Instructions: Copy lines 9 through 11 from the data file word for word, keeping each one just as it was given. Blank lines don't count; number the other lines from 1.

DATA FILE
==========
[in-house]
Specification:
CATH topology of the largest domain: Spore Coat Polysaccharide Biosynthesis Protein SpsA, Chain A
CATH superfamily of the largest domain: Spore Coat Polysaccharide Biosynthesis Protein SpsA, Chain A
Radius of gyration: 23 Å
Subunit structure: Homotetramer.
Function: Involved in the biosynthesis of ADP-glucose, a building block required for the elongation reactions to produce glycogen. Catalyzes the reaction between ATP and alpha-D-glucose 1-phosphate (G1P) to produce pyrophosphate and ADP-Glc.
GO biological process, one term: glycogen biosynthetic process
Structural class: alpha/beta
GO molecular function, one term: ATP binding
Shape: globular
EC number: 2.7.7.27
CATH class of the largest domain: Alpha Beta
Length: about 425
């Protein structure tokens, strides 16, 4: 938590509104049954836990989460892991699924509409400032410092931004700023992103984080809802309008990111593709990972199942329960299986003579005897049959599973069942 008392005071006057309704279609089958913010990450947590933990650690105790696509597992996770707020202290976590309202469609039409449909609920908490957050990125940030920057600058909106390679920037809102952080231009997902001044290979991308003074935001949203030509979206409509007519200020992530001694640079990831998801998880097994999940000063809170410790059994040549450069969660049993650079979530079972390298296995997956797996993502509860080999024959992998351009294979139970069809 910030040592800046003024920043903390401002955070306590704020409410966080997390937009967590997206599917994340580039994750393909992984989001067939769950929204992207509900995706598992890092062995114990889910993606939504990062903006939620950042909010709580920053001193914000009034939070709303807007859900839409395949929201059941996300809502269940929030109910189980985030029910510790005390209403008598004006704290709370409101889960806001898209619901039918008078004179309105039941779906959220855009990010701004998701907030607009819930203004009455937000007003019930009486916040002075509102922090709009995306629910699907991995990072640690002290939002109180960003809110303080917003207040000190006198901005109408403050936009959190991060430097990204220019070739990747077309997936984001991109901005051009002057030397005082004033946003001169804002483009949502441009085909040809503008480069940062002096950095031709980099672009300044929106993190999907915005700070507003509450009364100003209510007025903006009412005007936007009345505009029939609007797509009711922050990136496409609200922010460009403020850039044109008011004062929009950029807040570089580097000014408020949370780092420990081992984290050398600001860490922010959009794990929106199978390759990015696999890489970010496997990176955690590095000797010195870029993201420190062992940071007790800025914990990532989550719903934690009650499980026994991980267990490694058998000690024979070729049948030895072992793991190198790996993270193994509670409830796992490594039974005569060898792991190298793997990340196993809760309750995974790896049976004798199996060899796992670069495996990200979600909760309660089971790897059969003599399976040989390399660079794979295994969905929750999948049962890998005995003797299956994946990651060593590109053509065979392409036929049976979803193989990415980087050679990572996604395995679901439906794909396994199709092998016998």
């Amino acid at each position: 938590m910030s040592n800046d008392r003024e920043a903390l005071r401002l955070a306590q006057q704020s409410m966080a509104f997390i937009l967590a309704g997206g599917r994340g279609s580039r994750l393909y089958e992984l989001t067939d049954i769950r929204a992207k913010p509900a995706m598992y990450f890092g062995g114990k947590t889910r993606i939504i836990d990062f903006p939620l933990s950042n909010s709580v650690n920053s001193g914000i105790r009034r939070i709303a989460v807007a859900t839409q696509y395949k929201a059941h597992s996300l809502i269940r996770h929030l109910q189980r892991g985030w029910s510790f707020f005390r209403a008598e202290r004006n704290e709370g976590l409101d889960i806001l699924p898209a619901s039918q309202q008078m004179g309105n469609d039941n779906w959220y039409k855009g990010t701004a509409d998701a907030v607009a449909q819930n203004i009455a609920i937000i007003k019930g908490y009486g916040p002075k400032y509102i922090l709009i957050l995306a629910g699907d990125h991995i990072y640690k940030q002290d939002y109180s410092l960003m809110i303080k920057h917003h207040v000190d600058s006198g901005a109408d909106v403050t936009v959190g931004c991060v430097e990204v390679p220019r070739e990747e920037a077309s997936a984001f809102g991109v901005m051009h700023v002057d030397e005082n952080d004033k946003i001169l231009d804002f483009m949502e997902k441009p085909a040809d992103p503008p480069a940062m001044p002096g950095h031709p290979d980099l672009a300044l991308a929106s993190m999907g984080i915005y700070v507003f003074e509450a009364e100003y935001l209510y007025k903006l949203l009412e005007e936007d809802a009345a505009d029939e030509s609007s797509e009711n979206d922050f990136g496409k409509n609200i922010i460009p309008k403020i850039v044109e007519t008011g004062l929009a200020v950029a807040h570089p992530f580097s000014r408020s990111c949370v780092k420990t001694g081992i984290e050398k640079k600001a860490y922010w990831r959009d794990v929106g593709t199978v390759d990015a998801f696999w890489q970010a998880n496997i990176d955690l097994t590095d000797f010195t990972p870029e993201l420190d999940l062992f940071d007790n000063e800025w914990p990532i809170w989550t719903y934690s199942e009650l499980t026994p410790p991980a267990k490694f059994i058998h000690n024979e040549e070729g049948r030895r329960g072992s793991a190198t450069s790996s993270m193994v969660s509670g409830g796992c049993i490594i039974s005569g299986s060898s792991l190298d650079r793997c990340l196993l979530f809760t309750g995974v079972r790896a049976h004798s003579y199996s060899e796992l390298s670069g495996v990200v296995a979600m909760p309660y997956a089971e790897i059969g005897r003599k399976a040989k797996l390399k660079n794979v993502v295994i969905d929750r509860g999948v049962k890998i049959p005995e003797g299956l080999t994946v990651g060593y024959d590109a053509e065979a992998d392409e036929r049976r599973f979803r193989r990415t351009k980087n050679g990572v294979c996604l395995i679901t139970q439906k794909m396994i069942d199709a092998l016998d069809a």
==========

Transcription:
Structural class: alpha/beta
GO molecular function, one term: ATP binding
Shape: globular